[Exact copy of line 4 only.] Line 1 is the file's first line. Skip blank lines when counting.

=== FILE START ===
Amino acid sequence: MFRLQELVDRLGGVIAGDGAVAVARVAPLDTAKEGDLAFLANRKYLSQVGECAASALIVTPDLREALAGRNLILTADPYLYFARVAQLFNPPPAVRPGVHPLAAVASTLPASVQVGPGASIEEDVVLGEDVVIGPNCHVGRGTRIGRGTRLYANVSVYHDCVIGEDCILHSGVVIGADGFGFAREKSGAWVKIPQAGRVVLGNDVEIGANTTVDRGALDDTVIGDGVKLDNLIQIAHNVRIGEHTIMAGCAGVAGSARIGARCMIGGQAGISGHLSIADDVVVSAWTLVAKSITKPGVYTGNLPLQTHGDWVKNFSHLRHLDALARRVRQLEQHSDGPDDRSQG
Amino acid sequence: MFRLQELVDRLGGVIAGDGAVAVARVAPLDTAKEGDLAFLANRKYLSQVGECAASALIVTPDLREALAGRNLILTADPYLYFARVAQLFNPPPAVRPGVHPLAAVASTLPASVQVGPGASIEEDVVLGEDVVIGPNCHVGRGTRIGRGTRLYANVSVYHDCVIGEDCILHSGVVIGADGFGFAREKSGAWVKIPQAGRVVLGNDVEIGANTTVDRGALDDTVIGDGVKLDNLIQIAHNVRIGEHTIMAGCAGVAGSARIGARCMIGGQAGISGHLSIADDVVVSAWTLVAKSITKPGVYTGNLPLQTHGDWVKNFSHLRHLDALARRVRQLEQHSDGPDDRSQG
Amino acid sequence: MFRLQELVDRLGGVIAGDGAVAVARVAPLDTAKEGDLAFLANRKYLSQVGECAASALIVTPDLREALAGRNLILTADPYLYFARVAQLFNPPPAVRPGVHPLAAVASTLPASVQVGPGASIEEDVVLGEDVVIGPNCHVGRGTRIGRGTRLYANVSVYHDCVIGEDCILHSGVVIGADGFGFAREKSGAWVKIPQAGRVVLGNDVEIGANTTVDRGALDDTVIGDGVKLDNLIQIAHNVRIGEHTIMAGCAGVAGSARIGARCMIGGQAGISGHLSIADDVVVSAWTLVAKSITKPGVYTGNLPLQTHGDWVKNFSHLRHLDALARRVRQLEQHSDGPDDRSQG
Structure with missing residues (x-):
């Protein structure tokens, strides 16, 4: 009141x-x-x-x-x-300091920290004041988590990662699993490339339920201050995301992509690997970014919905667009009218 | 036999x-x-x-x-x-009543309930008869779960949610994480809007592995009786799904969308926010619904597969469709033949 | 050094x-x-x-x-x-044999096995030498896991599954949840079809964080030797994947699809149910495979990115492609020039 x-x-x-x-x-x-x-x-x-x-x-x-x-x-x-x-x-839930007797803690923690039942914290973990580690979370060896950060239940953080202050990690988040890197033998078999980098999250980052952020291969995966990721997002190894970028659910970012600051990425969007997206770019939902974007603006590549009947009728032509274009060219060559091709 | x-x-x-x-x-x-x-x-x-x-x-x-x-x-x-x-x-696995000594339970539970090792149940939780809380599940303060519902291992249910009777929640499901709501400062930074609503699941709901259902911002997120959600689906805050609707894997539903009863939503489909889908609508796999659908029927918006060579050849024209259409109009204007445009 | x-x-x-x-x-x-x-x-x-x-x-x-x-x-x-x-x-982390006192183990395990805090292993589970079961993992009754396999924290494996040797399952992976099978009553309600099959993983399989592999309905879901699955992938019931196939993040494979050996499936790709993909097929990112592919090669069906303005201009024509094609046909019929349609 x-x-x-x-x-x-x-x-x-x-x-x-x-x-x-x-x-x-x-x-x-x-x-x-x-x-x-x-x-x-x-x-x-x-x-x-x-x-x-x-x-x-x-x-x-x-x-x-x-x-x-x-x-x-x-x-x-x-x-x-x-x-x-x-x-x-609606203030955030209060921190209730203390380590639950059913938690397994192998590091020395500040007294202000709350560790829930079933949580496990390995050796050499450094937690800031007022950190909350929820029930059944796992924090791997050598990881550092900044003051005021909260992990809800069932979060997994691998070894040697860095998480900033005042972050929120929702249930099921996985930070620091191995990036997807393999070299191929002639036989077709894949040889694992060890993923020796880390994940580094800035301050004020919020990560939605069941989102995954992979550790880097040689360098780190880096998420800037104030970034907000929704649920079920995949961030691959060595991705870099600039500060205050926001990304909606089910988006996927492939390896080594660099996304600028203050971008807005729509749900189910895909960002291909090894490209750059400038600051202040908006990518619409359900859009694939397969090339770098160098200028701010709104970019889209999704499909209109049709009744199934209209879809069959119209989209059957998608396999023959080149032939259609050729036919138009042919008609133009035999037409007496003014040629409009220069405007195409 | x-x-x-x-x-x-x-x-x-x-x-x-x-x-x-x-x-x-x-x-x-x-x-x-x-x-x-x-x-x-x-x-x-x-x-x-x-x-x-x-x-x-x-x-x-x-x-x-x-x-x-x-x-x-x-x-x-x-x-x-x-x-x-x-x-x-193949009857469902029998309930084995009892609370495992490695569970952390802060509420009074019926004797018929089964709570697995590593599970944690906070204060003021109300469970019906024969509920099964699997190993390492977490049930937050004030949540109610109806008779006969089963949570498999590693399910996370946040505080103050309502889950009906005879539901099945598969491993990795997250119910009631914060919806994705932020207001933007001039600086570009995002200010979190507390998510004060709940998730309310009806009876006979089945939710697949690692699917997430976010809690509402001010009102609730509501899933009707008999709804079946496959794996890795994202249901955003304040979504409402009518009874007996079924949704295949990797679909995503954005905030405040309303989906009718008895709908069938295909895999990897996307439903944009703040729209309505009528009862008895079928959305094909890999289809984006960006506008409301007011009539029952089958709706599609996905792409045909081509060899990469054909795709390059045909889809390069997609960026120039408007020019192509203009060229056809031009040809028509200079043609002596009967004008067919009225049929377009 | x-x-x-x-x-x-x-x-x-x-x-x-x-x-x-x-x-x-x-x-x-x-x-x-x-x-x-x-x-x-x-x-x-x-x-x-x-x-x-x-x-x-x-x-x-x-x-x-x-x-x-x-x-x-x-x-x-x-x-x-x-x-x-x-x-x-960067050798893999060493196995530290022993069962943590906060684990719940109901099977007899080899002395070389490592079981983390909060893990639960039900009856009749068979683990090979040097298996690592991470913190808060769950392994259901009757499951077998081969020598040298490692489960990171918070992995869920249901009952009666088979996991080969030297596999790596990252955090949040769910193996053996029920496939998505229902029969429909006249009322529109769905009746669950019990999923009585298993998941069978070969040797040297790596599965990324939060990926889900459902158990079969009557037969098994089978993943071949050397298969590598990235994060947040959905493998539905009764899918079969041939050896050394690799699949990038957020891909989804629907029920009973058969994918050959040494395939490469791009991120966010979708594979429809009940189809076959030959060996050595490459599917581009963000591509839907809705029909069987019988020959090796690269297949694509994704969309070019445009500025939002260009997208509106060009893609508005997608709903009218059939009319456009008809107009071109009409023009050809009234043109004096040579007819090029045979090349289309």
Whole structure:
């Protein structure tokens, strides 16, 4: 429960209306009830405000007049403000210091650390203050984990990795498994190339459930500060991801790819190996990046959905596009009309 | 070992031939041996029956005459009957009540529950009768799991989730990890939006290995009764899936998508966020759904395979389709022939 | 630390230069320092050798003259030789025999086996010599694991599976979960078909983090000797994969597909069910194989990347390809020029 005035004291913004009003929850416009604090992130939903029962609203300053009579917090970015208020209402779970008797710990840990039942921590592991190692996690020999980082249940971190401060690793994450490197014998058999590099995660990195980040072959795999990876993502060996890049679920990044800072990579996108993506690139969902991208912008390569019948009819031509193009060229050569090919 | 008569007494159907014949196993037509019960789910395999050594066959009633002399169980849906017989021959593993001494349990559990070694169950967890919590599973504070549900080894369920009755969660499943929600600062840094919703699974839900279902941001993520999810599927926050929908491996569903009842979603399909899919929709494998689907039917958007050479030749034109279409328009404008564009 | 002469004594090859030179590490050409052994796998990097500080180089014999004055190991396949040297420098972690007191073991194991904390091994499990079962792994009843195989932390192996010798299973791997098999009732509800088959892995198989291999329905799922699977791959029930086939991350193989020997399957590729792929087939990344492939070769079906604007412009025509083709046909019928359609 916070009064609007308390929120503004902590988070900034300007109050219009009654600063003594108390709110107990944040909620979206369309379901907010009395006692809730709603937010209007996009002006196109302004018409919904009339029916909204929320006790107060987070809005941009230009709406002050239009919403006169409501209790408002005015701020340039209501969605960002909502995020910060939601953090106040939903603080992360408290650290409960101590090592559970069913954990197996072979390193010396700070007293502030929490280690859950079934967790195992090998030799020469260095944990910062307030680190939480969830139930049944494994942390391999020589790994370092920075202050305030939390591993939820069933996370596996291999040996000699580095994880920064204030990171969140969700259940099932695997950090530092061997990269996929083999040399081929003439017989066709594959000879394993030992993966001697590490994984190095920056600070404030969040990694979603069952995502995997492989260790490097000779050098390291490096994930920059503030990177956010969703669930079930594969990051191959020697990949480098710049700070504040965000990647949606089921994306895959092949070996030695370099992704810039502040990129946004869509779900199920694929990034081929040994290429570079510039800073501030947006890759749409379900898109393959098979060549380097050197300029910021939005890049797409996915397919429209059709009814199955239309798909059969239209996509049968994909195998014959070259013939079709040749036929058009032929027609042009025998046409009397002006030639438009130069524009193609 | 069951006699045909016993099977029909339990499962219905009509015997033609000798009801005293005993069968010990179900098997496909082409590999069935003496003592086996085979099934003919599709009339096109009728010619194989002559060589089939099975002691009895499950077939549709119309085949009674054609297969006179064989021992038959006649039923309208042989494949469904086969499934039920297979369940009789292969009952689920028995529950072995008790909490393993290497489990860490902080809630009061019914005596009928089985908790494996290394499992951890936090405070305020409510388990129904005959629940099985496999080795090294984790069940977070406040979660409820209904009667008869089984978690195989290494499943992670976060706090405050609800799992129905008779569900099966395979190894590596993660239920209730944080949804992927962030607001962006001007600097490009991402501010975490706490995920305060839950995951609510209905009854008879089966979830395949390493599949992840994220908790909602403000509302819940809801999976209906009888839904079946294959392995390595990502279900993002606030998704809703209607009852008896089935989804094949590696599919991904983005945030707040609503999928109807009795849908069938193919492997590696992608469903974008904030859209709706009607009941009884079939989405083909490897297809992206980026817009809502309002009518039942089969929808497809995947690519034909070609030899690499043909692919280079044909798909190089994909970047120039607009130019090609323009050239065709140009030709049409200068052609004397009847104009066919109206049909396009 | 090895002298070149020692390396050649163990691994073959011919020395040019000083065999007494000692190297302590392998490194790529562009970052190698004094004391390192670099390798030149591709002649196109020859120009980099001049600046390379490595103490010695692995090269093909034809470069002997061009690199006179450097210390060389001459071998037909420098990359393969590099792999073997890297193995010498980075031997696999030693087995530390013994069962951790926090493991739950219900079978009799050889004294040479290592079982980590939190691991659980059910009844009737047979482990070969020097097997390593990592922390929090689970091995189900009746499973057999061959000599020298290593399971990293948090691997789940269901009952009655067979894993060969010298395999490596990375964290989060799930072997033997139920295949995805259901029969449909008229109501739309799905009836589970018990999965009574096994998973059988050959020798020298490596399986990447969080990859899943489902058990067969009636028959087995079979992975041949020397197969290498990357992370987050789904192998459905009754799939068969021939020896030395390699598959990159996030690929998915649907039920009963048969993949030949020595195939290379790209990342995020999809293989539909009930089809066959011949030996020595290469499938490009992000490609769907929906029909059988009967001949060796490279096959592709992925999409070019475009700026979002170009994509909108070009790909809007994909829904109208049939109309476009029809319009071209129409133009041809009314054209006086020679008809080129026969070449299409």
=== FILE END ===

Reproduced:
Structure with missing residues (x-):